Measuring SMD parts with a home brew version of Smart Tweezers

SMD parts are great; they allow you to pack more parts on a board, do away with drilling dozens of PCBs, and when done correctly can produce a factory-quality board made in a home lab. There’s one problem with SMD parts; troubleshooting and measuring them. The ideal solution would be something akin to the Smart Tweezers we’ve seen before, but this fabulous tool costs three hundred bones. [Kai] came up with a much cheaper solution: home brew smart tweezers that can be built for a tenth of the cost as the professional model.

What [Kai] built is an LCR meter, basically a tool that measures inductance, capacitance, and resistance in a very, very small form factor. The technique of measuring a part’s properties involves feeding a set frequency into the device and measuring the phase, voltage and current coming out. It’s all wonderfully explained by [Dave] over at EEVblog in one of his earlier videos.

The hardware [Kai] is using includes an LCD display from a Nokia phone, an MSP430-based microcontroller, a very tiny opamp near the tip of one of the points of the tweezer, and a programmable gain amplifier used to measure the components. In testing, [Kai] can measure very low-value components with a +/- 2% accuracy, and larger, more realistic components with +/- 0.25% accuracy. An awesome accomplishment, and much better than the common Chinese meters that can’t measure in the nH/pF/mΩ range.

[Kai] hasn’t gotten his pair of smart tweezers working yet – he still needs to get the circuit up and running and write some software. We’ll keep our readers apprised of [Kai]’s progress, though, and gently convince him to work with Seeed Studio or someone similar to get his version of Smart Tweezers onto maker’s workbenches the world over.

Hackaday Links: October 18, 2012

Capacitive touch plants

Here’s a proof of concept for using plants as a capacitive touch sensor. The sensor is simply a hunk of double-sided copper clad board attached to a microcontroller. But it seems to be able to sense what part of the plant is being touched. [Thanks Fabien]

Adding wireless charging to a Nokia N900

This hack is quite common, but it’s still fun to see what hardware is being outfitted with an inductive charger. This time it’s a Nokia N900 that’s ditching the charging cables.

Wii carrying suitcase from a plastic tackle box

This Wii carrying case (translated) looks great and cost just a few bucks. It started as a tackle box for carrying around your fishing lures. But a bit of creative cutting and there’s a place for everything.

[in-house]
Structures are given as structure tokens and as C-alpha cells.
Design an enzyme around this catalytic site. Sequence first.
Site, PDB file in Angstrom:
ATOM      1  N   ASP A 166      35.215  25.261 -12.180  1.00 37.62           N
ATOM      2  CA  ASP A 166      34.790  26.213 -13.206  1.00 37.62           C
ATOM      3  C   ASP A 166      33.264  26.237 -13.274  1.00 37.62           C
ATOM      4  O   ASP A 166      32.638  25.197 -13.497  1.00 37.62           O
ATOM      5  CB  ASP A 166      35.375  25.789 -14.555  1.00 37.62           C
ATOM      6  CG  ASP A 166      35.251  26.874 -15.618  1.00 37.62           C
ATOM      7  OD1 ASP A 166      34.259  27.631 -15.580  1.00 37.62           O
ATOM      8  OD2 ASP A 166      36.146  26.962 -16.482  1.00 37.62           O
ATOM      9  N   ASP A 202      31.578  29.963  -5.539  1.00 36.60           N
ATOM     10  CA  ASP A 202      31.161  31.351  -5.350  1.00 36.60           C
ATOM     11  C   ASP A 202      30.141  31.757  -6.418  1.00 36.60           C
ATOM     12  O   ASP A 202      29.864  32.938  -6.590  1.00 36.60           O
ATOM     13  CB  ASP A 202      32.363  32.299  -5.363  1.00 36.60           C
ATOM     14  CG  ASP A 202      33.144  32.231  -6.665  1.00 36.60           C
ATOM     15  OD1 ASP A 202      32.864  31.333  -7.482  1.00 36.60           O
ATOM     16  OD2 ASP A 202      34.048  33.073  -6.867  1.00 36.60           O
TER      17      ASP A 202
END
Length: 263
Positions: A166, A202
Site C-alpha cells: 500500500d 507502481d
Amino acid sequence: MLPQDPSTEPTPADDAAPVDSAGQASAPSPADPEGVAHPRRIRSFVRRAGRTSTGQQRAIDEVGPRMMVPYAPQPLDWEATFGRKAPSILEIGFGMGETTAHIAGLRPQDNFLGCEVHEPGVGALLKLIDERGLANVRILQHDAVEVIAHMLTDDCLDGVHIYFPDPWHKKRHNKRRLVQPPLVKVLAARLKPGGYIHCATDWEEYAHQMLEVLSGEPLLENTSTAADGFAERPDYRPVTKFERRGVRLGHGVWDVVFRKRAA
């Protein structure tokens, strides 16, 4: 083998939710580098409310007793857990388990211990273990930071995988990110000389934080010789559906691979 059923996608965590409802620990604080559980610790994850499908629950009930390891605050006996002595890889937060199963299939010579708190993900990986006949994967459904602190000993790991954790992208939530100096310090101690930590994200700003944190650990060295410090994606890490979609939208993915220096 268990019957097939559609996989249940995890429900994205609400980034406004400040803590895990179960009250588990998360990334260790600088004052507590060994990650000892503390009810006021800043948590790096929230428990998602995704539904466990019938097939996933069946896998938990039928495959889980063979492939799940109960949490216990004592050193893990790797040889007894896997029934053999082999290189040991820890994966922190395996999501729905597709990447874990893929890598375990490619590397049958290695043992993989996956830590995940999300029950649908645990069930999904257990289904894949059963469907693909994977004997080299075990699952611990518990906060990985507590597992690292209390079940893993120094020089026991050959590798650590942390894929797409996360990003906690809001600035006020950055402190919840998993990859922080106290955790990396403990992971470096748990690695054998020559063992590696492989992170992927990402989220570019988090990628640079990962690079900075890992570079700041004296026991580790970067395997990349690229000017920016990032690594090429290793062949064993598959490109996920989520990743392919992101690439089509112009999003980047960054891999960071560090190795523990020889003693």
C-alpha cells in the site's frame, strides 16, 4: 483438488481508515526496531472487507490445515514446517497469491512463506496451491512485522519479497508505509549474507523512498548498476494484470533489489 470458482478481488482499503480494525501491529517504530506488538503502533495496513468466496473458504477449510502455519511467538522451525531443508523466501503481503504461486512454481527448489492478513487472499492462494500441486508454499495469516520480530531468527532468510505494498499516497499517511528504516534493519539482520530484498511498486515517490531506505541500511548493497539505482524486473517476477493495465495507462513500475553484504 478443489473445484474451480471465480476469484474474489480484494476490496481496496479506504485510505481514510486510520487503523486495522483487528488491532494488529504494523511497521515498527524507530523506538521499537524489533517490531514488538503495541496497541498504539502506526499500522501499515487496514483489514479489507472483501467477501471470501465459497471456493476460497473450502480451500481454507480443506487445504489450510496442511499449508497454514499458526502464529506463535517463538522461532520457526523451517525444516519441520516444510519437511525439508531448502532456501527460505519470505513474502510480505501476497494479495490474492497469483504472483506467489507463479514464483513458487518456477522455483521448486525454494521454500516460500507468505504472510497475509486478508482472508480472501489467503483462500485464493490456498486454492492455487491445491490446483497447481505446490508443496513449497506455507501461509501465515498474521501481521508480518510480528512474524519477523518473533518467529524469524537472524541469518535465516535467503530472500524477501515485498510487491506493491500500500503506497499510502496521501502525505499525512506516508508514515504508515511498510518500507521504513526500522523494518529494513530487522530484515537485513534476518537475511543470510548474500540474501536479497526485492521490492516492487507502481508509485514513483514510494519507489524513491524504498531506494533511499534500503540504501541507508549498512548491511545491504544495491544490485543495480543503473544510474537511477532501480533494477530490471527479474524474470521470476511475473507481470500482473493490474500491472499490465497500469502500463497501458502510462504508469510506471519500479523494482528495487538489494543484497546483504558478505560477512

Browser based schematic and board layout

There’s a new kid on the block when it comes to circuit design. offers in-brower schematic design and board artwork layout. [Thanks ADIDAIllinie (and a few others)]


Halloween rapidly approaches and we hope that [Tim’s] carving of Bender in a pumpkin will inspire you to send in your own Halloween projects.

NES controller uses capacitive touch instead of buttons

Here’s one way to really keep the component count low. [David] developed an NES controller that doesn’t use any buttons. The copper clad has been milled to provide a pad which registers a button push based on capacitance. The board has a SIL header at the top, making it easy to plug into the Arduino board that reads the inputs.

[David] had trouble getting the Arduino pin read functions to respond fast enough for he NES console’s expectations. He ended up using commands to access the ATmega’s peripherals directly in order to achieve the target timing. Speaking of, he did his own sniffing of the communication scheme using a logic analyzer. The results of that work, as well as the board files and code are available at the site linked above. And there’s a demo of the controller used to play Super Mario Bros. in the clip after the break.

This is actually a tangential project using a PCB mill which he’s developing through Kickstarter. This certainly shows that the mills works as designed.  Continue reading “NES controller uses capacitive touch instead of buttons”

PIC LC meter improvements add Li-Ion battery and charging circuitry